Weibo

Sports fans can donate money to Operation Santa Claus at Asia Rugby Olympics qualifier matches

  • 2015-11-09
  • 2015-11-09

By Jackson Ho and Christy Leung   Discover more about the collaboration between the Hong Kong Rugby Union and Operation Santa Claus http://goo.gl/h3CVbZ  

Operation Santa Claus Opening Ceremony

  • 2015-11-05

OSC has been around Hong Kong since 1988 and is jointly organised by South China Morning Post and Radio Television Hong Kong Radio 3 . The 2015 campaign was launched on 4 November in Central. Discover more about The Young Reporter's special collaboration with SCMP at http://bit.ly/1NtMoa8  

Hong Kong NGO helps families in poverty improve living environment

  • 2015-11-04

By Fred Lai and Candice Tang    Lan, a middle-aged new immigrant from Chongqing, China, lives in a subdivided flat with her husband and second-grade daughter. Having been sharing a broken bed for years, Lan and her family were given a new bunk bed in 2014 by Project Space, a local non-governmental organisation with a mission to improve the living condition of 120 poor families by December, 2016. Project Space, an organisation which carries out home-improvement projects for households living under the poverty line, is one of the 26 beneficiaries of Operation Santa Claus. The annual charitable campaign is jointly organised by South China Morning Post and Radio Television Hong Kong. This video is also published on SCMP at http://bit.ly/1OyKrK1. Discover more of Project Space on Operation Santa Claus: still poor, but family sleep easier in new bed provided by charity. Operation Santa Claus, the city's annual fund-raising campaign jointly organised by South China Morning Post SCMP and RTHK Radio 3 Hong Kong.   (Edited by Viola Zhou and Crystal Tse.)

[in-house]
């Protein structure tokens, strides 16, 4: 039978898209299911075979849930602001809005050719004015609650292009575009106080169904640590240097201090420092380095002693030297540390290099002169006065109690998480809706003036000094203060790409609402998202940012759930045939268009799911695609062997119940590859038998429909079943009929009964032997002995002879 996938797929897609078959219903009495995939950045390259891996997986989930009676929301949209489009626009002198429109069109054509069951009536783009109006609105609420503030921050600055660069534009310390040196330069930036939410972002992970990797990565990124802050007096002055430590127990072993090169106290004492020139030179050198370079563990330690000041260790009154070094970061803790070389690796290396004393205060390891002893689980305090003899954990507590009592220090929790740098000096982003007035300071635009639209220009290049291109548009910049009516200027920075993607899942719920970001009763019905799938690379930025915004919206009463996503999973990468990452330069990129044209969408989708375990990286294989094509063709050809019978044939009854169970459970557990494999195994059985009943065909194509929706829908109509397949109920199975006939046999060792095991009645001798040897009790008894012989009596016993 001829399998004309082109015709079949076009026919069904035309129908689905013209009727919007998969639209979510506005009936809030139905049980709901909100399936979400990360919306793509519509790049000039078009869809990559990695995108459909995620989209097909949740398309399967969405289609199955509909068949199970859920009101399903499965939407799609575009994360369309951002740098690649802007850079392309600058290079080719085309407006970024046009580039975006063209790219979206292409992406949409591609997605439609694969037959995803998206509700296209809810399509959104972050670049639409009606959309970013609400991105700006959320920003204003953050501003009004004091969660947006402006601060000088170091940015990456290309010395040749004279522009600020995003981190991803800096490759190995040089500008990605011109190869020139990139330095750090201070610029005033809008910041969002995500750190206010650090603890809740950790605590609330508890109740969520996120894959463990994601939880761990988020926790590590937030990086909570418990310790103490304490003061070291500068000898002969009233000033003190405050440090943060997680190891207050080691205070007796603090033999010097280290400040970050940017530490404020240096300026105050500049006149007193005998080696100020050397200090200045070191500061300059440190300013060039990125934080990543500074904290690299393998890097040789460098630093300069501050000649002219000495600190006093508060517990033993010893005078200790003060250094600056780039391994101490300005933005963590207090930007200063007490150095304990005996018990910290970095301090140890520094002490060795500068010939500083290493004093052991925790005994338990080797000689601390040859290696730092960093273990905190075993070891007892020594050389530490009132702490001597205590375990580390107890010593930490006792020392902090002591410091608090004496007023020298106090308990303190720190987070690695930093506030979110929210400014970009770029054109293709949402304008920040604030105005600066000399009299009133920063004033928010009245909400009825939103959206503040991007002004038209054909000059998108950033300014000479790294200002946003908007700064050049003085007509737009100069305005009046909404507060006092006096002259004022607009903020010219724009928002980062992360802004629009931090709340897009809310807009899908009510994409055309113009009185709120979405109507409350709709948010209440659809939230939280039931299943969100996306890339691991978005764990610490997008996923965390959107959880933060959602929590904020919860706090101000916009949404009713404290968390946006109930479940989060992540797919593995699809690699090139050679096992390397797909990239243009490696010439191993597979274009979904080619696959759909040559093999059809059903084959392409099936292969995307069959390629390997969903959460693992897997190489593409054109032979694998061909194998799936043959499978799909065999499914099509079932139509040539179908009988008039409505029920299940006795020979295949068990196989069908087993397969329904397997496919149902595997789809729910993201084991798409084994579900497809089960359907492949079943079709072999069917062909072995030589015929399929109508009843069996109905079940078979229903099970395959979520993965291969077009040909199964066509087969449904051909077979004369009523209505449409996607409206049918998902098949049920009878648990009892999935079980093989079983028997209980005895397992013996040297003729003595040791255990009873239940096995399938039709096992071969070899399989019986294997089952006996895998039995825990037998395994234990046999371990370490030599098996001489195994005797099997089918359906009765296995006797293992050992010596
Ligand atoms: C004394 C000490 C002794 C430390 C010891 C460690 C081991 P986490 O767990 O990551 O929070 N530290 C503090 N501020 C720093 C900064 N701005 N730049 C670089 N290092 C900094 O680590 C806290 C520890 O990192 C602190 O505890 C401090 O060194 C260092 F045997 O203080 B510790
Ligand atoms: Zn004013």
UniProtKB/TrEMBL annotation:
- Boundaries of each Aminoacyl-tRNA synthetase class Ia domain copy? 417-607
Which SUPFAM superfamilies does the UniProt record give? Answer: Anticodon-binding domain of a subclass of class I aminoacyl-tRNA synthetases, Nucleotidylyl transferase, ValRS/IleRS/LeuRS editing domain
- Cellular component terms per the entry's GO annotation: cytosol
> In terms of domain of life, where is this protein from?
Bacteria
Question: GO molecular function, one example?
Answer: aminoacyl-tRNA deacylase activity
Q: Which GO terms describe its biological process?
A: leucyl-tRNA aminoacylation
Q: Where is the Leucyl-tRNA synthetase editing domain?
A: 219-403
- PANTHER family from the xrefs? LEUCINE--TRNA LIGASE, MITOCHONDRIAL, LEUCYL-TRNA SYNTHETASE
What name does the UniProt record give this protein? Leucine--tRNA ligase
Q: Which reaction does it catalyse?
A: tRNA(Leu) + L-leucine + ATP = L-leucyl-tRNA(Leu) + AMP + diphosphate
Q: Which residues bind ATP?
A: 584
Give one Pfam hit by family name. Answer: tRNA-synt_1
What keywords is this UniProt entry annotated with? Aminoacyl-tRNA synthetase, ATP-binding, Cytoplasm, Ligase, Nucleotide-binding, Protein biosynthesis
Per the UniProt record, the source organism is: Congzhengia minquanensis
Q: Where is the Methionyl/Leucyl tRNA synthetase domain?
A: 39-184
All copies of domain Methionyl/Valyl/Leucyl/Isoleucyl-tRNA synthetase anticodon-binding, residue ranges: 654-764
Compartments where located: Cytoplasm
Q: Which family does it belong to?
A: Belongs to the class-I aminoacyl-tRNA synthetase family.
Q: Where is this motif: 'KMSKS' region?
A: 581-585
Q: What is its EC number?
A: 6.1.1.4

Chenglish: Kungfu Star Fails to Master Weibo

  • 2013-10-14
  • 2013-10-14

Whenever I meet someone at university, he or she will soon fade out of my mind unless we have become friends on Facebook. Although such popularity among our seven million population is likely to continue, I have seen more and more Hong Kong people start to use Sina Weibo, a micro-blogging website that entertains more than half a billion mainland Chinese netizens, although it has been one of the targets of Beijing's vigorous censorship.